The death of CSR
17th March 2015
“Corporate Social Responsibility” is now numbingly predictable and should be declared dead. Business needs to get behind something more fundamental, more engaging and creative, more allied to its commercial objectives.
Whilst it was a vital development in business thinking at the time, most CSR now follows a predictable and limited pattern: a nominated annual charity, payroll giving and staff volunteering; environmental or HR improvements that are usually required by regulators, but spun as more; an ethical mission more spoken about than delivered.
If businesses are to transform their relationships with their employees and with society at large, they need to look back to the companies that spearheaded the Industrial Revolution. Victorian businesses saw their role as being societies in and of themselves as well as contributing to society at large.
Of course, there was no welfare state in the 19th century and therefore companies had to provide many of these services if they were to keep their workers healthy and motivated. Nonetheless, the founder of Colman’s mustard, Jeremiah Colman’s funeral brought Norwich to a standstill with half the 3,000 strong workforce following his hearse on foot. How many modern CEO’s would have any employees at their funerals?
Business undertakes many different approaches to social activity, but which pays back best to the business? Keen to find out, Nancy Lee and Philip Kotler, marketing gurus, set out to study and segment different types of social activity pursued by brands and businesses.
They identified five different types. One type paid back to the business much more powerfully than the others. They identified this as “corporate social marketing”, meaning the brand pursued a social issue directly related to its business and then put it at the heart of the marketing plan.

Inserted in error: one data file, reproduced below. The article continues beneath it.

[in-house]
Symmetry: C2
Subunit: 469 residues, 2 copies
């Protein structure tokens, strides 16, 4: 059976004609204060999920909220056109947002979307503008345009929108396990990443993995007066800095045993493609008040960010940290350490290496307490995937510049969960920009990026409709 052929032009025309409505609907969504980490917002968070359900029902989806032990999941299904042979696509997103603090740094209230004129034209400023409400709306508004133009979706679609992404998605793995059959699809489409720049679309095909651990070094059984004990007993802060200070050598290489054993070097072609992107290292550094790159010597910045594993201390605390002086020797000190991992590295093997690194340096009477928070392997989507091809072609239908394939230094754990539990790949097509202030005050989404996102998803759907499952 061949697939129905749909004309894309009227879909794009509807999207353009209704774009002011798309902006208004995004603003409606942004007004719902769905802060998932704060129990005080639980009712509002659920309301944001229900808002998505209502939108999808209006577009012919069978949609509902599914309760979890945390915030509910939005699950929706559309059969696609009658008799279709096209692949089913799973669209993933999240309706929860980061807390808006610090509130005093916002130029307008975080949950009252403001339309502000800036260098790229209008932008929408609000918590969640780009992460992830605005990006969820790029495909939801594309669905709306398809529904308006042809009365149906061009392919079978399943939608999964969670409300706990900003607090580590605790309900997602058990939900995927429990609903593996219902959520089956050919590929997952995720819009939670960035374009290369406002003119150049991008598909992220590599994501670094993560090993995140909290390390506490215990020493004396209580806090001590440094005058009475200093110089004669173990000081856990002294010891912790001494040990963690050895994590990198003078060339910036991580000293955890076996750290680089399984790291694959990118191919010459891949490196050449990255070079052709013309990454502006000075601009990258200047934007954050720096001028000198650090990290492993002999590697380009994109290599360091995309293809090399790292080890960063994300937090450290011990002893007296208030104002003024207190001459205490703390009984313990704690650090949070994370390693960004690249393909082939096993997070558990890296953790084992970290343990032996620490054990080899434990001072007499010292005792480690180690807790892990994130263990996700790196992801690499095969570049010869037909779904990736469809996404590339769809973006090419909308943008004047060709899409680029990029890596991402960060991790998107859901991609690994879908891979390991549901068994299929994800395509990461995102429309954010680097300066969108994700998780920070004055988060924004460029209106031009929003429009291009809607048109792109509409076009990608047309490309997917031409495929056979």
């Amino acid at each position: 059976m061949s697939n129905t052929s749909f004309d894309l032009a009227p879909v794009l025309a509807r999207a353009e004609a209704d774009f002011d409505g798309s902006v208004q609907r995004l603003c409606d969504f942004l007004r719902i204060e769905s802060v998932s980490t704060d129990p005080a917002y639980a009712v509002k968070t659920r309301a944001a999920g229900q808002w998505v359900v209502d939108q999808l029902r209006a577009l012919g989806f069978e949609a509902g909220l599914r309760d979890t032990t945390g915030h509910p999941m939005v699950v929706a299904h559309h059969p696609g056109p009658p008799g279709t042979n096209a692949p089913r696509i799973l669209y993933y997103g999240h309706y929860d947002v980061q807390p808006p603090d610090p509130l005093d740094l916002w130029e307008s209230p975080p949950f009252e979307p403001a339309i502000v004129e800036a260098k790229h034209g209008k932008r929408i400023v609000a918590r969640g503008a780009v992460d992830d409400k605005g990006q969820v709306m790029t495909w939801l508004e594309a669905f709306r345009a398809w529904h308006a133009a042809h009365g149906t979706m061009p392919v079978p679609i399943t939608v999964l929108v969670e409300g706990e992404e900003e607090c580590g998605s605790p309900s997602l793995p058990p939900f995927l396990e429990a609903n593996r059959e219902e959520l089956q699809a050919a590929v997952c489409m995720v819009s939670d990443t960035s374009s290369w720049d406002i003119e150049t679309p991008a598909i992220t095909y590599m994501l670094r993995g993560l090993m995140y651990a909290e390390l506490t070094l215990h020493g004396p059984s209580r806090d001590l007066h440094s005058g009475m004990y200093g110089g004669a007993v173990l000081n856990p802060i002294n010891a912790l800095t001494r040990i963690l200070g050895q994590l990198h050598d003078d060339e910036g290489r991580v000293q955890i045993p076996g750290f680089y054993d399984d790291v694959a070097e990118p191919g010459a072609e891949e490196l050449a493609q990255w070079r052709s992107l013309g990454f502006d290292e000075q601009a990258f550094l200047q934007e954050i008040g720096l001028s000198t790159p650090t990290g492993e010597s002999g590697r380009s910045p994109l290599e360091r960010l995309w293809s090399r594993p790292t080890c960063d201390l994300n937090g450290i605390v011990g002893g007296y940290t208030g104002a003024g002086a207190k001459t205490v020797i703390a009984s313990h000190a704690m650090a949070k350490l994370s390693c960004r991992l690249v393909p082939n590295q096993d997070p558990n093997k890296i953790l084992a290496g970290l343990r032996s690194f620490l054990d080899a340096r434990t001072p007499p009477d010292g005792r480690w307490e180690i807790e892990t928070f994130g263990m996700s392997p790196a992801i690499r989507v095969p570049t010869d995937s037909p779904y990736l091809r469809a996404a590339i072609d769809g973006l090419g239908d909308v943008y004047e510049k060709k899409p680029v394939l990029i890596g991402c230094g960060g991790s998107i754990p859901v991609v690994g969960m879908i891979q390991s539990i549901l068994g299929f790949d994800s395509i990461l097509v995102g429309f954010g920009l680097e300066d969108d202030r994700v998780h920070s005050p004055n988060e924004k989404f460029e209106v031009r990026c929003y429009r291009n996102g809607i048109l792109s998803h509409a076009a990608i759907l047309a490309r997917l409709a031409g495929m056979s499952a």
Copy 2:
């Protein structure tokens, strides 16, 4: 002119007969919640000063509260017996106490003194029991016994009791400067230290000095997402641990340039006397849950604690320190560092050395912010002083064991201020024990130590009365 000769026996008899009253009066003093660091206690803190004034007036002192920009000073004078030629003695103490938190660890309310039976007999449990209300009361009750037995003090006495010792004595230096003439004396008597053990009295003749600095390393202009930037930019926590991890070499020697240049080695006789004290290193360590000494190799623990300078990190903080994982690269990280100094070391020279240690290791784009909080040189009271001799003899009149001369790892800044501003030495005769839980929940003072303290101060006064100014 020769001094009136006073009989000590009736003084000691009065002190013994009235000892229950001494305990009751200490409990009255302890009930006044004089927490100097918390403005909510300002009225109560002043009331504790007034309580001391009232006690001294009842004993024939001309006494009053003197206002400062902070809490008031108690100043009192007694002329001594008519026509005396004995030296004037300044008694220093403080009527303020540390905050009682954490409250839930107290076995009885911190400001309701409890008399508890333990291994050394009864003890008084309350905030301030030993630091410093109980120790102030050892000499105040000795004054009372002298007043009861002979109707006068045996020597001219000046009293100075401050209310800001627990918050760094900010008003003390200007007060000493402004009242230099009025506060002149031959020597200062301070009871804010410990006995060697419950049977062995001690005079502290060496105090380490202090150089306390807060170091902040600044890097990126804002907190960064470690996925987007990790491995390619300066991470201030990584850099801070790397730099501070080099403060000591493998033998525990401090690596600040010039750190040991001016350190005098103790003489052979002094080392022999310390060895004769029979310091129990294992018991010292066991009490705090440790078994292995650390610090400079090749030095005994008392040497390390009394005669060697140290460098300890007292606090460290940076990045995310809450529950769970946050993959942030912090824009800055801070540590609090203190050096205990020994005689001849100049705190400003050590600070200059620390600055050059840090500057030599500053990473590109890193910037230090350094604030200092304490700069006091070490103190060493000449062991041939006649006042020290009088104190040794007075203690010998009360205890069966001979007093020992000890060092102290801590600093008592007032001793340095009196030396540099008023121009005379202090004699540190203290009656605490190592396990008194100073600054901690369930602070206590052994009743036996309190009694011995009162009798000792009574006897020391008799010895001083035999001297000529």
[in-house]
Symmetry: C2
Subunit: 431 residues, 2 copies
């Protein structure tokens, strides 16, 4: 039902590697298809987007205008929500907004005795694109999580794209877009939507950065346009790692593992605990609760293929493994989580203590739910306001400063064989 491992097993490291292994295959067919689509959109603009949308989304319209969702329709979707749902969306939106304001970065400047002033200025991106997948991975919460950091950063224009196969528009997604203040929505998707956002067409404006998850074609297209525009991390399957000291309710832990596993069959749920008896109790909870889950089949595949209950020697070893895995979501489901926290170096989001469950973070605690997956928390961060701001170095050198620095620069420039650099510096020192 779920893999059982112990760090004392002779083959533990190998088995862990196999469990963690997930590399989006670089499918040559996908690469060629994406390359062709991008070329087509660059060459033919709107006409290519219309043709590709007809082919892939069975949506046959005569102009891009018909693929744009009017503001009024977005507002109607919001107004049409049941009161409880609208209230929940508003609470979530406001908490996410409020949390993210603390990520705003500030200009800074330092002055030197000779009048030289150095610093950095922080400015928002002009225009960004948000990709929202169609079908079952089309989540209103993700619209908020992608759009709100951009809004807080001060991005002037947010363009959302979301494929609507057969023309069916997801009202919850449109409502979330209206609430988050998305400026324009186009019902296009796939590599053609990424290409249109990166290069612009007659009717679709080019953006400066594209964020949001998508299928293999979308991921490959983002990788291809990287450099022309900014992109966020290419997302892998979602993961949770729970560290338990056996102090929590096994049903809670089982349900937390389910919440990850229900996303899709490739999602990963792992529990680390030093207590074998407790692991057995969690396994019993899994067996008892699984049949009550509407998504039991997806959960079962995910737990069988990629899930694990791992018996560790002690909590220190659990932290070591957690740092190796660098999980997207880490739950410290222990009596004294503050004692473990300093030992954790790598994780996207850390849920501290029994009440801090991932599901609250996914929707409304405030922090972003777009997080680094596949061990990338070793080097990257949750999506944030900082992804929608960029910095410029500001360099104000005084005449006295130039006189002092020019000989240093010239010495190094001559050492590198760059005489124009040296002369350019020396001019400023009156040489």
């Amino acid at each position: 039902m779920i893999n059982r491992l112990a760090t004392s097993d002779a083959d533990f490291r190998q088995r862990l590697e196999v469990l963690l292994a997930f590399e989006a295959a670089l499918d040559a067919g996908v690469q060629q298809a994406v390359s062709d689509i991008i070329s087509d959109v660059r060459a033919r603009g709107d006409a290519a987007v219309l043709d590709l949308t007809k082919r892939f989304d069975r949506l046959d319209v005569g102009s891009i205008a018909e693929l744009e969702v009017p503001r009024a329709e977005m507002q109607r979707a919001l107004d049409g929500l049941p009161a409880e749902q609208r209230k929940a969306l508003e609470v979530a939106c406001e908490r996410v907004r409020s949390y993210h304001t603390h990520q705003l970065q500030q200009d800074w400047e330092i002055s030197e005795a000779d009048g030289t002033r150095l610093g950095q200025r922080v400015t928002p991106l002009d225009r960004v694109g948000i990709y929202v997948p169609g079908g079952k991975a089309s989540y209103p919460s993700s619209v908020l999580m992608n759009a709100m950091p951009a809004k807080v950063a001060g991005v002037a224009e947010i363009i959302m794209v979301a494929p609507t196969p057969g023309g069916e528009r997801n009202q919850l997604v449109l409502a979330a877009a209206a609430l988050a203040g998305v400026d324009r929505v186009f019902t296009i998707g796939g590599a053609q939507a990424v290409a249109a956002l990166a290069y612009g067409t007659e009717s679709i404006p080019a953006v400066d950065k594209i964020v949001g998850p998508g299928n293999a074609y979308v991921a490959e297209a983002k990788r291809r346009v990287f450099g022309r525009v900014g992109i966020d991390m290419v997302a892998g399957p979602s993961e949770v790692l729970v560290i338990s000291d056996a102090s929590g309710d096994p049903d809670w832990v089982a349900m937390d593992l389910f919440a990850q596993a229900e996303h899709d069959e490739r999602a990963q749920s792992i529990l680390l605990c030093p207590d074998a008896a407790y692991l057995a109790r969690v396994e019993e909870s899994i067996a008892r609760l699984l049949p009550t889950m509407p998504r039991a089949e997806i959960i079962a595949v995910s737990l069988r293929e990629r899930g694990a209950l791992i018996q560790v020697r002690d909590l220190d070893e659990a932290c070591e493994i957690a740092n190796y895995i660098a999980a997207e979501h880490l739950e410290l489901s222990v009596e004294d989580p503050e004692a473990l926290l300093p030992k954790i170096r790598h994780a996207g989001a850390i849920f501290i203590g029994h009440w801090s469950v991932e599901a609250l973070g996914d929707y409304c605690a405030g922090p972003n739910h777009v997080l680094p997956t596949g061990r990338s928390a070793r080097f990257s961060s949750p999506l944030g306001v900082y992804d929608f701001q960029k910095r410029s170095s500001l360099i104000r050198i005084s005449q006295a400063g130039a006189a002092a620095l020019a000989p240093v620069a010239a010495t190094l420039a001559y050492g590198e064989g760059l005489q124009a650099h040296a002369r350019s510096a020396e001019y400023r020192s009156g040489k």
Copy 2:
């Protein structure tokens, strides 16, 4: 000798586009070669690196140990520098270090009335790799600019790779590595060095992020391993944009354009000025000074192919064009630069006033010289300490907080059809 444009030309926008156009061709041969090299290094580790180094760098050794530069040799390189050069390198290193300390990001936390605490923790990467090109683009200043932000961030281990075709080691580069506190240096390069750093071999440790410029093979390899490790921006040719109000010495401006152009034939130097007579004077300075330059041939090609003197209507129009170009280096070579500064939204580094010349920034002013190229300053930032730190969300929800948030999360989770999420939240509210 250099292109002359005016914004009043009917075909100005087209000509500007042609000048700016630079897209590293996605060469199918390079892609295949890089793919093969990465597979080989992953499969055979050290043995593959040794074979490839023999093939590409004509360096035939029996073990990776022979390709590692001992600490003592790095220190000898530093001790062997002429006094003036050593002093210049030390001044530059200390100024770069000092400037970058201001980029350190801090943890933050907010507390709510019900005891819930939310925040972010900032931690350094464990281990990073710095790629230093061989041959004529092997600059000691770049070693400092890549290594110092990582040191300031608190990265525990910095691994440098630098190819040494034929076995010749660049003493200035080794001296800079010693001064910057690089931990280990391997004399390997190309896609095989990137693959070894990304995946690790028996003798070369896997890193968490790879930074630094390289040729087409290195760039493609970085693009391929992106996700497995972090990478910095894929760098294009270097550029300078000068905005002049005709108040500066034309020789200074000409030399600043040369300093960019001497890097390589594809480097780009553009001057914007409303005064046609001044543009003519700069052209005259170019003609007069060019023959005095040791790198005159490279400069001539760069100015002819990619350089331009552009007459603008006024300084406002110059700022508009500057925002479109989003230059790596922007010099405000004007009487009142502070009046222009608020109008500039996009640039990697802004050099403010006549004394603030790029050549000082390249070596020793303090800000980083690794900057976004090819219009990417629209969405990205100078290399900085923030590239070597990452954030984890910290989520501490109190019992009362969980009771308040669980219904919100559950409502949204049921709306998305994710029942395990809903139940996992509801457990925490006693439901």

Some of the world’s most successful companies have followed this principle and organised themselves around the most important societal benefit of their specific products and services. They have seen their social and commercial objectives as one.
IKEA wants to “create a better everyday life for the many” via “a wide range of well-designed, functional home furnishing at prices so low that as many people as possible will be able to afford them.”
Google has a mission “to organise the world’s information and make it universally accessible and useful.”
Companies that consistently manage and measure their responsible business activities outperformed their FTSE 350 peers on total shareholder return in seven of the last eight years according to data from the FTSE.
A Harvard Business School study in 2012 showed that the annual market performance of companies that are pursuing sustainability is 4.8 per cent higher than those who are not.
Studies by Work USA have shown that companies with employees who are genuinely engaged experience 26 per cent higher revenue per colleague, 13 per cent higher total returns to shareholders, and a 50 per cent higher market premium.
Just think how transformational it would be if there were a widely-adopted and agreed method for assessing both the robustness and stability and the future growth potential of companies by methodically measuring their employee engagement, retention and motivation.
Such an assessment is likely to be more informed by the complex realities of that business as understood by its employees. It would therefore be rigorous as a form of investment analysis. It would encourage companies and their boards to genuinely treat their employees as their most important stakeholders. If employee measures were then also exposed to institutional investors it might encourage the mid-to-long-termism that is so famously lacking from the stock market. Winners all round.
Paul Twivy, founding partner of consultancy Core Purpose